A simple example of a transition is animating a change to an elements size. We first define the property that that we want to transition, in this case ‘all’.

We then then define the timing method, here we use ‘ease-in-out’. We could have used any of the following:

  • ease
  • linear
  • ease-in
  • ease-out
  • ease-in-out
  • cubic-bezier (This allows you to define your own function)

The final part is the delay; here we wait 1 second before starting the transition.

Let’s do a quick example to see how it works.

CSS

div.resize-transition {
    background-color: #96f15f;
    width: 100px;
    height: 100px;
    transition: all 1s ease-in-out 1s;
    -webkit-transition: all 1s ease-in-out 1s; 
    -moz-transition: all 1s ease-in-out 1s; 
    -ms-transition: all 1s ease-in-out 1s; 
    -o-transition: all 1s ease-in-out 1s; 
}

div.resize-transition:hover {
    width: 300px;
    height: 300px;
}

HTML

<div class="resize-transition">Hover your mouse over me!</div>

Now, when we hover over the div, it will automatically resize to 300px*300px over 1 second. You can use this method to do all sorts of animations such as rotating or scaling.
Now that we have the basics out of the way, lets put it all together.

Step 3: Putting it together

Here’s a template page for you to start off with.

<!DOCTYPE html>
<html lang="en">
<head>
    <meta http-equiv="content-type" content="text/html; charset=utf-8">
    <title>Tutorial 1</title>
    <link rel="stylesheet" type="text/css" href="style.css">
</head>
<body>
<div id="page">
    <!-- [banner] -->
    <header id="banner">
        <hgroup>
            <h1>Tutorial 1</h1>
            <h2>A simple CSS3/HTML5 sample and animated image gallery</h2>
        </hgroup>        
    </header>
    <!-- [/banner] -->

    <!-- [content] -->
    <section id="content">        
    </section>
    <!-- [/content] -->

    <!-- [footer] -->
    <footer id=”footer”>
        <details>
            <summary>Copyright 2013</summary>
            <p>Jonathan Schnittger. All Rights Reserved.</p>
        </details>
    </footer>
    <!-- [/footer] -->
</div>
<!-- [/page] -->
</body>
</html>

Here you can see the basic layout of a HTML5 page; we’ll be building up the CSS and the rest of the HTML as we go.

First, let’s add our main article. We’ll put this in the content section.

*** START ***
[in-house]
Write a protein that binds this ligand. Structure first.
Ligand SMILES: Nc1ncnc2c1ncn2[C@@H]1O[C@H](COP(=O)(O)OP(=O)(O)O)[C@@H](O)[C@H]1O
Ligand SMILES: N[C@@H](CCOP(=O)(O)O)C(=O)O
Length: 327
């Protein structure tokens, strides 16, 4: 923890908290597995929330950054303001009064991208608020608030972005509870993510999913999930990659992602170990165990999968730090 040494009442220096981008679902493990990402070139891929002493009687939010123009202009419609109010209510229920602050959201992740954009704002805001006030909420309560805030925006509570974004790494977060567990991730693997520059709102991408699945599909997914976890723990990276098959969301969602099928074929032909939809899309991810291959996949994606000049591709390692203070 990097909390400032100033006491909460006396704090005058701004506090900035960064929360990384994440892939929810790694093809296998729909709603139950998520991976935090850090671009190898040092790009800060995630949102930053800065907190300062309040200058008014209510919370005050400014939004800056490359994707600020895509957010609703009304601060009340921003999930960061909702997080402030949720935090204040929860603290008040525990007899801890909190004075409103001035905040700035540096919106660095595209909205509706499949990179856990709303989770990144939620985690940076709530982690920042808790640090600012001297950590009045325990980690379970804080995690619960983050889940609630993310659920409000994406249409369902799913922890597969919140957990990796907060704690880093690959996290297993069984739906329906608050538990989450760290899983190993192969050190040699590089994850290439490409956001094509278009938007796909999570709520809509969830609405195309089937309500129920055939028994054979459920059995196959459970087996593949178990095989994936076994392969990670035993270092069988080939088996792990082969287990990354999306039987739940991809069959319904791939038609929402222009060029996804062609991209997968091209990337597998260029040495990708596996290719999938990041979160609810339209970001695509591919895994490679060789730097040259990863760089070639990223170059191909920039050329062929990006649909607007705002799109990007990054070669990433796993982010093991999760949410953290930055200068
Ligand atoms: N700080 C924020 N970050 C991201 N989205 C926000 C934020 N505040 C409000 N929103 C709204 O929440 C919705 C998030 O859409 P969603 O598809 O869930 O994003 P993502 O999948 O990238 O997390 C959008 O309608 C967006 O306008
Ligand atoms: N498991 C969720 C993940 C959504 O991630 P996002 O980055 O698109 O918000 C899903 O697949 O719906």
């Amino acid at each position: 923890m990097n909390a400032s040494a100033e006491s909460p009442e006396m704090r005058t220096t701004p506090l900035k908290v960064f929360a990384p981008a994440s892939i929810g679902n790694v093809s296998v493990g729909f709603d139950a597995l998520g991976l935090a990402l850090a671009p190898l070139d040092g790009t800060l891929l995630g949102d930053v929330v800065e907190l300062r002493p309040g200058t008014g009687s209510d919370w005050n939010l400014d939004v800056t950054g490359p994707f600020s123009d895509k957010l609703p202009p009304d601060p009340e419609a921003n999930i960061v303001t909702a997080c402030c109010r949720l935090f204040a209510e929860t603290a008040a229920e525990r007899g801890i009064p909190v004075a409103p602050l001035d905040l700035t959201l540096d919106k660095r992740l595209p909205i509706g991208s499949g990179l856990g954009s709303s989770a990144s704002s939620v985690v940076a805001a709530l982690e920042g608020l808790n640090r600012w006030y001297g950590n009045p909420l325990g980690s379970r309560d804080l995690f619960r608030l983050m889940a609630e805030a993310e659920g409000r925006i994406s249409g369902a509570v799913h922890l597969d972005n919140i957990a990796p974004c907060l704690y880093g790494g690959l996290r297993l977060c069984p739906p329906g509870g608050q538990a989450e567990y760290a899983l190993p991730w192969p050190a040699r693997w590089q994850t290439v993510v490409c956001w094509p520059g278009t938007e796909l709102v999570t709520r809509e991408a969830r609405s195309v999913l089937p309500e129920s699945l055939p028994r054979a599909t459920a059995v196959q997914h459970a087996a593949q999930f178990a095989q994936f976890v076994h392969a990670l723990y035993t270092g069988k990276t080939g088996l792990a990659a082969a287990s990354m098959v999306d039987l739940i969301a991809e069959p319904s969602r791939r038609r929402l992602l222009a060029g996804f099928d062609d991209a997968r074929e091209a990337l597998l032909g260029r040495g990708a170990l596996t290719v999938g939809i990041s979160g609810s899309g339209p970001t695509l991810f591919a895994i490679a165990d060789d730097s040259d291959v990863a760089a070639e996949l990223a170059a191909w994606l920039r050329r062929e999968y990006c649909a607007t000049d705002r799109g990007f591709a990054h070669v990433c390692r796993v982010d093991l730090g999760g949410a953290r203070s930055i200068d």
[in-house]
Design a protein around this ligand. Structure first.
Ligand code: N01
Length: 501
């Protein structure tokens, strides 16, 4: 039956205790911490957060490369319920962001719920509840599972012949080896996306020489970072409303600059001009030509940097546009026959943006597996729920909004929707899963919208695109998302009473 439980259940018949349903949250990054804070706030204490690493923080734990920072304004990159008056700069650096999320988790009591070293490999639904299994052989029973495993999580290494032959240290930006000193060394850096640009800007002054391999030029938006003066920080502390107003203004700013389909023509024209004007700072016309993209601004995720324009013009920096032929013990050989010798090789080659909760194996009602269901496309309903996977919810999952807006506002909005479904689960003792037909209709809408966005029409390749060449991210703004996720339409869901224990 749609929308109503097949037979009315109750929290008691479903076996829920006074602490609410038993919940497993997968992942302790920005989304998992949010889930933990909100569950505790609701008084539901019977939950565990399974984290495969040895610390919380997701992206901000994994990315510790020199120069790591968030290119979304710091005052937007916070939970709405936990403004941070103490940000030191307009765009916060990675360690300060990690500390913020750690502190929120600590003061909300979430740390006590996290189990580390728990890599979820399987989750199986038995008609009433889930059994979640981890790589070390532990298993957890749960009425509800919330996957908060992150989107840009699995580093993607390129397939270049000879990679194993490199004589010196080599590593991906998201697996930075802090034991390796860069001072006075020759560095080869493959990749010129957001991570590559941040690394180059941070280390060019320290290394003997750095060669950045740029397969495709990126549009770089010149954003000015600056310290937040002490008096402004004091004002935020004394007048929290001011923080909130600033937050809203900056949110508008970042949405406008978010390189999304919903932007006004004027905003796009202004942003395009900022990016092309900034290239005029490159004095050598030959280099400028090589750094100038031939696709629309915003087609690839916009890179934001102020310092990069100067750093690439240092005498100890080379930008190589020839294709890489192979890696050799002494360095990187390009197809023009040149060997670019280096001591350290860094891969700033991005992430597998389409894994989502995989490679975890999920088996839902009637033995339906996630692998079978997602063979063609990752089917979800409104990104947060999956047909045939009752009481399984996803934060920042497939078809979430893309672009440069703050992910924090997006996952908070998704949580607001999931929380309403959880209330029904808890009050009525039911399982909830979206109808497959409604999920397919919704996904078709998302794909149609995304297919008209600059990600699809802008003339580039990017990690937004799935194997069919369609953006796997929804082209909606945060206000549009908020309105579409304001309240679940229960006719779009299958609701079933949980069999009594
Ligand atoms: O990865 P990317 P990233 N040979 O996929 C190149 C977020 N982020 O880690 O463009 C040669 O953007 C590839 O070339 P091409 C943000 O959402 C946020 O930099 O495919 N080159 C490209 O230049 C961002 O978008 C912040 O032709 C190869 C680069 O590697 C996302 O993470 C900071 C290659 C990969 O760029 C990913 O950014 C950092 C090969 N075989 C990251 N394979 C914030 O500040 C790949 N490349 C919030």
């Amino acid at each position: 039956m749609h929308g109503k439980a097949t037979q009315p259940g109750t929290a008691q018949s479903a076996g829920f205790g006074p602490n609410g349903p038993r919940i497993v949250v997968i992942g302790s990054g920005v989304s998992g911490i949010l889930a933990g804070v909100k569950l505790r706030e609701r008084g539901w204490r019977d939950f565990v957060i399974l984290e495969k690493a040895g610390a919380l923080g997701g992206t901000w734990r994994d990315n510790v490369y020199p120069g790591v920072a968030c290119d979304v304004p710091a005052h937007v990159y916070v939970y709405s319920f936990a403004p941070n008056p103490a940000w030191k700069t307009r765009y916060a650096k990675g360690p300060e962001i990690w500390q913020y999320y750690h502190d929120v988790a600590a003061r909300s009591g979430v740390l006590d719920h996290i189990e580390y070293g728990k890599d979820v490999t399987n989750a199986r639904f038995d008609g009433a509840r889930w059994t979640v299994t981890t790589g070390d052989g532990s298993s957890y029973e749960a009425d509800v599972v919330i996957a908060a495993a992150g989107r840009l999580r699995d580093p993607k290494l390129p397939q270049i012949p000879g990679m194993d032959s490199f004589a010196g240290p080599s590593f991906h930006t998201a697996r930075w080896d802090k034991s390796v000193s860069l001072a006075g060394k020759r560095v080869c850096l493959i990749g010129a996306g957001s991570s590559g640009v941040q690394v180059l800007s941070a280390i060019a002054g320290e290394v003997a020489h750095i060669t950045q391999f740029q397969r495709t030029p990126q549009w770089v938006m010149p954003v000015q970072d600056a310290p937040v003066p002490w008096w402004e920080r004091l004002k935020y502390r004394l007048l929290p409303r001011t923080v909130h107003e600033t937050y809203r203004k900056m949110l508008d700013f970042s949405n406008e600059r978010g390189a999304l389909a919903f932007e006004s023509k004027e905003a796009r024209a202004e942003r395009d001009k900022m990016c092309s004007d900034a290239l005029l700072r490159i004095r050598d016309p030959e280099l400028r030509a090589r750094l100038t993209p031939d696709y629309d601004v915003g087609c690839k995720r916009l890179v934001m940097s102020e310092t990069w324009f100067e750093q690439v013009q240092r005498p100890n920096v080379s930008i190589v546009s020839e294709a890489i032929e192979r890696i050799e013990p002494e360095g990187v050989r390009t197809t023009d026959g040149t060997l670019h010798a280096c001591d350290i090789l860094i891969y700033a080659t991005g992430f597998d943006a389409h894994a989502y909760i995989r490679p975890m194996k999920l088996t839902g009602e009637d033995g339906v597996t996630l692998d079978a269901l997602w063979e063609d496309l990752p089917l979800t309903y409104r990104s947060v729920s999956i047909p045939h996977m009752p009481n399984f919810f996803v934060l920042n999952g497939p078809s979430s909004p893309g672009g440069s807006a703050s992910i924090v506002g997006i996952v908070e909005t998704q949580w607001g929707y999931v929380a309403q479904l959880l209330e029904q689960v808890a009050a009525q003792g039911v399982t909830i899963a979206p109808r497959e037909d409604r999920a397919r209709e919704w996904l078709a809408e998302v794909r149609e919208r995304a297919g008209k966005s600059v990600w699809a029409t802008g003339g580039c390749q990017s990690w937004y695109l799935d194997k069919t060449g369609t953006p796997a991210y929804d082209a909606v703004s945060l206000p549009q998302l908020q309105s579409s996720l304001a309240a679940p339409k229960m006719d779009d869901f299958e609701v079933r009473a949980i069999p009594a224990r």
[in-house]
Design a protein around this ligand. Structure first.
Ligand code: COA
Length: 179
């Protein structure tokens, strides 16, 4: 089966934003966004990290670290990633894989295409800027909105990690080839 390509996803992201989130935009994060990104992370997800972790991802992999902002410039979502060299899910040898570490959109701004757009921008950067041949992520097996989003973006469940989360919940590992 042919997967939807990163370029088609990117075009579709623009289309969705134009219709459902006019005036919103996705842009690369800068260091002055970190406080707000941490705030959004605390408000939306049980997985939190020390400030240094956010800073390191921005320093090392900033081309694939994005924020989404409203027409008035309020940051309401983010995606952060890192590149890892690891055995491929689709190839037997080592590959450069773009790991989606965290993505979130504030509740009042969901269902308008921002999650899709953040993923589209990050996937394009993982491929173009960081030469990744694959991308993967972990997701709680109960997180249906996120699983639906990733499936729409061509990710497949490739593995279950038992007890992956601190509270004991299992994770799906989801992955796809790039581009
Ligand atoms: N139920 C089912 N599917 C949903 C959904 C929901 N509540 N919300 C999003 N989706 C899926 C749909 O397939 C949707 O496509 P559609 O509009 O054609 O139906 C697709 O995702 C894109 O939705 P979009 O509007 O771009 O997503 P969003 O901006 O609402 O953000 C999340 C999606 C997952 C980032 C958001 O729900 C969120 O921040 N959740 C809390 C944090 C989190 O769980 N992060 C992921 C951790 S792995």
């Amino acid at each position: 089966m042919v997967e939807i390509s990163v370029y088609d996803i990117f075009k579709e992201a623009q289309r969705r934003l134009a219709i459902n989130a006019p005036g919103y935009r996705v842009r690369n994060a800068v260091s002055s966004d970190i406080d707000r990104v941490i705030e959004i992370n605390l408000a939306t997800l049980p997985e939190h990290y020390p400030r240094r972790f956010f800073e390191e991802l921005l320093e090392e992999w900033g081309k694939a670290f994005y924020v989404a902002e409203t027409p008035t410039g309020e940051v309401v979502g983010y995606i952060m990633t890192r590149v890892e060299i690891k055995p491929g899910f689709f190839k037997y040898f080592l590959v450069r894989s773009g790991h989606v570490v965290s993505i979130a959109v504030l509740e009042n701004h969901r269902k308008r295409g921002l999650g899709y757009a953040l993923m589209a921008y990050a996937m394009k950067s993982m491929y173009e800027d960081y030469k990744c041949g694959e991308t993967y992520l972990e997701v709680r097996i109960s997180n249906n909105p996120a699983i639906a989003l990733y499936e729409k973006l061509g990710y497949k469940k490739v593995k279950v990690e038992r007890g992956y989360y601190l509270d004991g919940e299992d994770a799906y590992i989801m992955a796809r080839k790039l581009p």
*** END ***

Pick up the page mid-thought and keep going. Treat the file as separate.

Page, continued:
<section id="content"> 
    <!-- [ gallery] -->
    <article id="gallery">
        <header>
            <h2>Gallery</h2>
        </header>
        <section id="css3-gallery">
        </section>
        <nav id="images">
        </nav>
    </article>
    <!-- [/ gallery] -->
</section>

As you can see I’ve broken the article down in to different elements. We have our header with the title, a section the gallery itself and a nav element for browsing the gallery.

The first part of the gallery we’re going to create is the thumbnail preview or navigation. In the nav, we’re going to place a list of thumbnail images. Each thumbnail will have a hyperlink that specifies just the id of the image we’re looking for.

<nav id="images">
    <ol>
        <li><a href="#image-1"><img src="images/1-small.png" alt="1st image" /></a></li>
        <li><a href="#image-2"><img src="images/2-small.png" alt="2nd image" /></a></li>
        <li><a href="#image-3"><img src="images/3-small.png" alt="3rd image" /></a></li>
        <li><a href="#image-4"><img src="images/4-small.png" alt="4th image" /></a></li>
    </ol>
</nav>

The reason for doing this first, even though it is after the gallery section will be apparent later on.

Next we have to create gallery for the full sized images. Again we add a list of the full sized images, but this time we’re also going to include header and footer tags.

<section id="css3-gallery">
    <ol>
        <li id="image-1">
            <figure>
                 <header>
                     <h3>This is the 1st image</h3>
                 </header>
                 <img src="images/1-large.png" alt="1st image" />
                 <figcaption>
                     Copyright information or attribution
                 </figcaption>
            </figure>
        </li>
        <li id="image-2">
            <figure>
                 <header>
                     <h3>This is the 2nd image</h3>
                 </header>
                 <img src="images/2-large.png" alt="2nd image" />
                 <figcaption>